The Sage Vasishtha said: Utter disinterestedness towards the world will prevent the resurgence of the personal mind and its attendant ignorance. Whether you are waking, sleeping or in any other living state, you must remember the emptiness of the world and resign all reliance upon it.
Leave off all selfishness, O Rama, and rely on the dispassion of your soul, accepting whatever offers itself to you without reaching or grasping about. AsMaheshwaradoes all things, yet remains apart from them, so too must you engage in actions outwardly while remaining unmixed with them.
Knowing the knowable, one discovers oneself as the uncreate soul and evenMaheshwara, but divorced from that soul one only views the spreading world of matter. He who has the sight of the inner spirit is freed from the concerns of the outer world and is not subject to the joys, griefs, sorrows or evils of life.
He is called ayoginwho is free from passions and enmity, and looks upon gold and rubbish as the same. He is joined withanandain his yoga and disjoined from all worldly desires. He enjoys the fruits of his own actions, not minding what he does not use or gives away. Even-minded in all conditions, he is unmoved by prosperity and adversity.
He accepts what comes to him and employs all opportunities that offer themselves, without considering his gain or loss, yet remains unmired in difficulties. He is assured of the spiritual essence of the world and does not pine for its physical enjoyments, but is composed at all times.
The dull mind, in attaining its ends, follows the active Intellect, as the fox follows the lion in quest of meat. As the servile band of the lion feeds on the flesh acquired by its prowess, so the mind dwells upon sensible objects perceived by the power of the Intellect.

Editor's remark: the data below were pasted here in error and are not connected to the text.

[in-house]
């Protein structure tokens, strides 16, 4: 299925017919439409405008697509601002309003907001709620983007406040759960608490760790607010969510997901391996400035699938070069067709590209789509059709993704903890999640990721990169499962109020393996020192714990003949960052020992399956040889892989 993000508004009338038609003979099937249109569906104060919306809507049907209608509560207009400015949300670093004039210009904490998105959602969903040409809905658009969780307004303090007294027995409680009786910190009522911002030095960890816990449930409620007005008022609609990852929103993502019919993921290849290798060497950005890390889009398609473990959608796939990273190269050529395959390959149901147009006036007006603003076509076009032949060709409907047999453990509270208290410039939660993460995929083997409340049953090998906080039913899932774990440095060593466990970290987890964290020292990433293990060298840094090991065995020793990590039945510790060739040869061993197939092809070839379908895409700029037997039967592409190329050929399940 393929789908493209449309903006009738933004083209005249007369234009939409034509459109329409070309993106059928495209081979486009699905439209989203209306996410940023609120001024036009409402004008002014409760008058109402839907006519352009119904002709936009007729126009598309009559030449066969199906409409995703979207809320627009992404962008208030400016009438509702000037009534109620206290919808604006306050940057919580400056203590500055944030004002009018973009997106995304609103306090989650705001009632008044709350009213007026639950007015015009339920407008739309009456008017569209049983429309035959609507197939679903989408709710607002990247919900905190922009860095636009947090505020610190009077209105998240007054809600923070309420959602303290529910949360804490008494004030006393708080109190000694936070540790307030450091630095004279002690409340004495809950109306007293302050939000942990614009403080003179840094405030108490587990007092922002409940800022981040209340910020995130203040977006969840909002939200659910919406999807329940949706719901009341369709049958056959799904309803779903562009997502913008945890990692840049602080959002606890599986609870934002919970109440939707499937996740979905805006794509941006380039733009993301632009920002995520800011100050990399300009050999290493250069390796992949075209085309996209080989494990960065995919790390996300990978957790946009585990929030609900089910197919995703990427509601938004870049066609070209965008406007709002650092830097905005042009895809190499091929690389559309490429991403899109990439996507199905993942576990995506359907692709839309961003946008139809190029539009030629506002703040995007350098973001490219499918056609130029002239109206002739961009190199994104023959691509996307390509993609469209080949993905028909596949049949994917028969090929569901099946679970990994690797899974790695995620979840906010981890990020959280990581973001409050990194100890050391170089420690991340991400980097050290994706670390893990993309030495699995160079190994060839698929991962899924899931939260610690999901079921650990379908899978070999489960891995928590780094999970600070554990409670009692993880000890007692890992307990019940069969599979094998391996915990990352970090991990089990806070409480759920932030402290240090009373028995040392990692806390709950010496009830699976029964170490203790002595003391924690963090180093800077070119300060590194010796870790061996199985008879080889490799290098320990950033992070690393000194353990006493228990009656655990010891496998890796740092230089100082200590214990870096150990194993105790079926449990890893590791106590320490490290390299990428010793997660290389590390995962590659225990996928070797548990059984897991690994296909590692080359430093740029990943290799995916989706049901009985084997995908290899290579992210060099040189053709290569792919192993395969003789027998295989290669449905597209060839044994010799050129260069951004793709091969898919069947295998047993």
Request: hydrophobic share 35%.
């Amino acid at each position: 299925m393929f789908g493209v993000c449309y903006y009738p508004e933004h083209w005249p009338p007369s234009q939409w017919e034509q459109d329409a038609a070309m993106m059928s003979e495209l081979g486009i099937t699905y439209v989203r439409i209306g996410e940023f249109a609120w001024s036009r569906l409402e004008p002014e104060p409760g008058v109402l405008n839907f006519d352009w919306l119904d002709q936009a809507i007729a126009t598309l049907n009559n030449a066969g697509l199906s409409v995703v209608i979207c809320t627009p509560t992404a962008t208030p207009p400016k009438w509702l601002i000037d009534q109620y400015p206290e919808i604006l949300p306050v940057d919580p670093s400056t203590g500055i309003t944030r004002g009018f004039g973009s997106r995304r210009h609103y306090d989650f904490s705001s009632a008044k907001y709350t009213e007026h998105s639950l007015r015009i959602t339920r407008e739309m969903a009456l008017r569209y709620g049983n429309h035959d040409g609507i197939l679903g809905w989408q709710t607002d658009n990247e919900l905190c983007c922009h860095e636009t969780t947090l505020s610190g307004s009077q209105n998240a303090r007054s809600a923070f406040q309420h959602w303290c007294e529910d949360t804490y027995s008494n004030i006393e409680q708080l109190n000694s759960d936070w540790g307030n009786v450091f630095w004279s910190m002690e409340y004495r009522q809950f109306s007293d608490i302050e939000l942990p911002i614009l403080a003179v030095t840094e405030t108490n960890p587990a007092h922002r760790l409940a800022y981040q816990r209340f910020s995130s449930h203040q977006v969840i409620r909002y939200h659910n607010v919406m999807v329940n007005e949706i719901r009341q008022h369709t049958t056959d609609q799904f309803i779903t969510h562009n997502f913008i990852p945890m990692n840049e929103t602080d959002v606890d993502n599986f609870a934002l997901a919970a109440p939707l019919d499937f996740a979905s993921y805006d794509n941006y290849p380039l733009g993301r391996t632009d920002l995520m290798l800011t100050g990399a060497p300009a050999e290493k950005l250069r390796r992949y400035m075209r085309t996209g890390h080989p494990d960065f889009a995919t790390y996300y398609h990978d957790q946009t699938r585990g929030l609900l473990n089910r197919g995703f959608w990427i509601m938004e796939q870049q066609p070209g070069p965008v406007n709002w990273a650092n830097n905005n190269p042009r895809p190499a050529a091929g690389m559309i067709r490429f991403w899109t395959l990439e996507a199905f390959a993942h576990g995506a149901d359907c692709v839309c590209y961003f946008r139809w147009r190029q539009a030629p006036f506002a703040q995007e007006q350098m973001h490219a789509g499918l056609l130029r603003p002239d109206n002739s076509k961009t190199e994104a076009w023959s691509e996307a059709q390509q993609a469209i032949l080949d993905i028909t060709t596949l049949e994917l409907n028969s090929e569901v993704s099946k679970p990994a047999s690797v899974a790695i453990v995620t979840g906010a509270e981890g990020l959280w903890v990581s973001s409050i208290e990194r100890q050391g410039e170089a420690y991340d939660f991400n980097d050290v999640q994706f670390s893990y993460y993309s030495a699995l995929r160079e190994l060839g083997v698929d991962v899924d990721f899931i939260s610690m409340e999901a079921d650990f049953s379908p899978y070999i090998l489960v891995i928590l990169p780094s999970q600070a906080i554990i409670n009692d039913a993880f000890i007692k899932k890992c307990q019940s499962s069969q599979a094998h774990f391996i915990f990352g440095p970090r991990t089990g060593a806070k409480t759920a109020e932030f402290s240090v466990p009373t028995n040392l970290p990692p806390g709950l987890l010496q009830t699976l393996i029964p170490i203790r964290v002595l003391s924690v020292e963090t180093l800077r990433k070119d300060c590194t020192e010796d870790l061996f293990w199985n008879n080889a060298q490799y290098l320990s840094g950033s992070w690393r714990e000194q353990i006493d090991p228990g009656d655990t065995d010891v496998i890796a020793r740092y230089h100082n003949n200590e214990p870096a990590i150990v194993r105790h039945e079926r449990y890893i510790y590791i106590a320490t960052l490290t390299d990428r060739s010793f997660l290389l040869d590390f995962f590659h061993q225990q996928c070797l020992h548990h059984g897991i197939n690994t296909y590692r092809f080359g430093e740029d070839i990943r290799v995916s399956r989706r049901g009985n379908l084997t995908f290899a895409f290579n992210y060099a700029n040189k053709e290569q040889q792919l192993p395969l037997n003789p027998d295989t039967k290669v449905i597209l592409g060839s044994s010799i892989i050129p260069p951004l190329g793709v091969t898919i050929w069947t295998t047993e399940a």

Thus the insatiable mind lives upon the outer world by the sufferance of the Intellect, but as it comes to recollect its origin in the Intellect it recoils to its original state. The mind which is moved and lighted by the heat and light of the lamp of the Intellect becomes extinct without its physical fuel, like a still corpse.
Know that the nature of pure Intellect excludes all conception of change and pulsation, while the power that has vibration in it is called intellection or mind in the Shastras. The breathing of the mind, resembling the hissing of a snake, is called itskalpana, or imagination. But, by knowing the Intellect as the Ego, it comes to true knowledge of the inward soul.
The Intellect freed from thoughts is the everlastingBrahman, but joined with thoughts it is styled the imaginative principle or mind. This power of imagination, having assumed a definite form, is termed the willing and choosing mind situated in the heart of living beings.
With its distinct powers of imagination and volition, it is engaged in acts of discrimination and choice between what it finds agreeable and disagreeable to itself. The Intellect confined in the heart, together with all its thoughts and volitions, forgets its spiritual nature and remains as inert as a stone.